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Perfect fit . . . Janet Frame house custodian Lynley Caldwell enjoys being able to work at the desk once used by the author herself. PHOTO: SALLY BROOKER

A writing desk used by Janet Frame in Auckland in the 1990s has been installed in her Oamaru childhood home.

The large wooden desk was up for auction at Webb’s in Auckland in December. It was spotted by a member of the Janet Frame Eden Street Trust, which owns and runs the house at 56 Eden St where Frame lived from 1931 to 1943.

Trust chairwoman Chloe Searle said the trustees discussed the matter and all were keen to buy the desk and bring it to Oamaru.

Specific donations were made by trust members when they learned of the plan, she said.

The trust bid online; a trustee already had an account with Webb’s. The desk’s catalogue price was $1000 to $1500, but it sold above that for $1645.

The donations almost covered the sum, Ms Searle said.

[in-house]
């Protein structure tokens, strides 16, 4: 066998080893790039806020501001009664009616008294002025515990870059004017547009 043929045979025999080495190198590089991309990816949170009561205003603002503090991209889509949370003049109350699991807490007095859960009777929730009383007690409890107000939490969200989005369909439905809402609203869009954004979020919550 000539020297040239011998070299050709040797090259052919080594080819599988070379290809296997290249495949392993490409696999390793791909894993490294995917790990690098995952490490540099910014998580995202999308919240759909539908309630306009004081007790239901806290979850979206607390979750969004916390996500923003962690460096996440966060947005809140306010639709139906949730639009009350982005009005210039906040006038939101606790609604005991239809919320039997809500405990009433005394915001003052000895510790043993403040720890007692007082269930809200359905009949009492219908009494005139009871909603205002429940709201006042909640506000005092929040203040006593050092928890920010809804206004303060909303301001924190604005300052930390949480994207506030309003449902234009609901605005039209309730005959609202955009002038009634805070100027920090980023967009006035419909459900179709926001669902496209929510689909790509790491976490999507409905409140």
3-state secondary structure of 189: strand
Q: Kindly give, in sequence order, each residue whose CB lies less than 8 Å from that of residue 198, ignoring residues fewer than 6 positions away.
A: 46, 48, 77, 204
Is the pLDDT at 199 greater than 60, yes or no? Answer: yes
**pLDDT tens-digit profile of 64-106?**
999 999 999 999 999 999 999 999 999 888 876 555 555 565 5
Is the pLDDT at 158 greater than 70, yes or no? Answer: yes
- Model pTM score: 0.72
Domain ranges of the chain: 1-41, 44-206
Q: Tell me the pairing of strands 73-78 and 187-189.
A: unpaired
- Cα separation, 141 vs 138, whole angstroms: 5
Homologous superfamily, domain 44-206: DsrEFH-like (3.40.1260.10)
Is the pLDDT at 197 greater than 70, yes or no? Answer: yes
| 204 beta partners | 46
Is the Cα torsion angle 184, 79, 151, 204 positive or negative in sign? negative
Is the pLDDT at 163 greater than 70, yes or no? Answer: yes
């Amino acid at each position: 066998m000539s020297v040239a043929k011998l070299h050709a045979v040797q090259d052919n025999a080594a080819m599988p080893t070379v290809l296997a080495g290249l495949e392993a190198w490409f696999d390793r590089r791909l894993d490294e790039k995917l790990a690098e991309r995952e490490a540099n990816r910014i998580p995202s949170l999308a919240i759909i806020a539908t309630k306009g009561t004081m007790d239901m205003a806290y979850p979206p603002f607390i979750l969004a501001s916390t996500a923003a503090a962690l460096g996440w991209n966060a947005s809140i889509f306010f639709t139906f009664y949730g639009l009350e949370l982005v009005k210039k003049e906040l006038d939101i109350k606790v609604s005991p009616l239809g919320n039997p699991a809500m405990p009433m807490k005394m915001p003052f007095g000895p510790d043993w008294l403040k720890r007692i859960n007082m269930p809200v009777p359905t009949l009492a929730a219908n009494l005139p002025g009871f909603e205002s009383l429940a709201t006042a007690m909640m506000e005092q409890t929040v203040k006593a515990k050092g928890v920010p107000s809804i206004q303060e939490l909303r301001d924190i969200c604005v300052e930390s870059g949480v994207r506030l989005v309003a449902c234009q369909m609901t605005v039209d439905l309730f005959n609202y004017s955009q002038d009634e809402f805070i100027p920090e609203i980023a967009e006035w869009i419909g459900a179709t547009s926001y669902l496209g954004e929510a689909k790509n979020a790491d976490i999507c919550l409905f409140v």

The desk, which dismantled into three pieces, was placed in the front room at 56 Eden St by “a few willing helpers” on Sunday morning.

Custodian Lynley Caldwell was delighted to find information and photos verifying its provenance in one of the drawers.

She also found a summary of the information written in felt pen on the underside of the desk’s writing surface.

“It’s really good,” Ms Searle said.

“Even when we’re all dead and gone that will still be there.”

Frame had swapped the desk in 1996 for a full-sized pool table that had taken up too much room in the Avondale house she had moved into. Her friends the McConnells were keen to have a pool table and she needed a writing desk.

The desk had been a retirement gift to Bob McConnell from the Transport Department’s Wellington head office and he had passed it on to his granddaughter, Penny McConnell.

Frame called it the “Penny desk” and gave it back to Penny and Robin McConnell when she shifted to Dunedin at the end of 1997.

Mr McConnell included the provenance letter and photographs when it went to auction.

He gave a donation from the sale to leukaemia research – both his wife Puna and Frame died from acute myeloid leukaemia.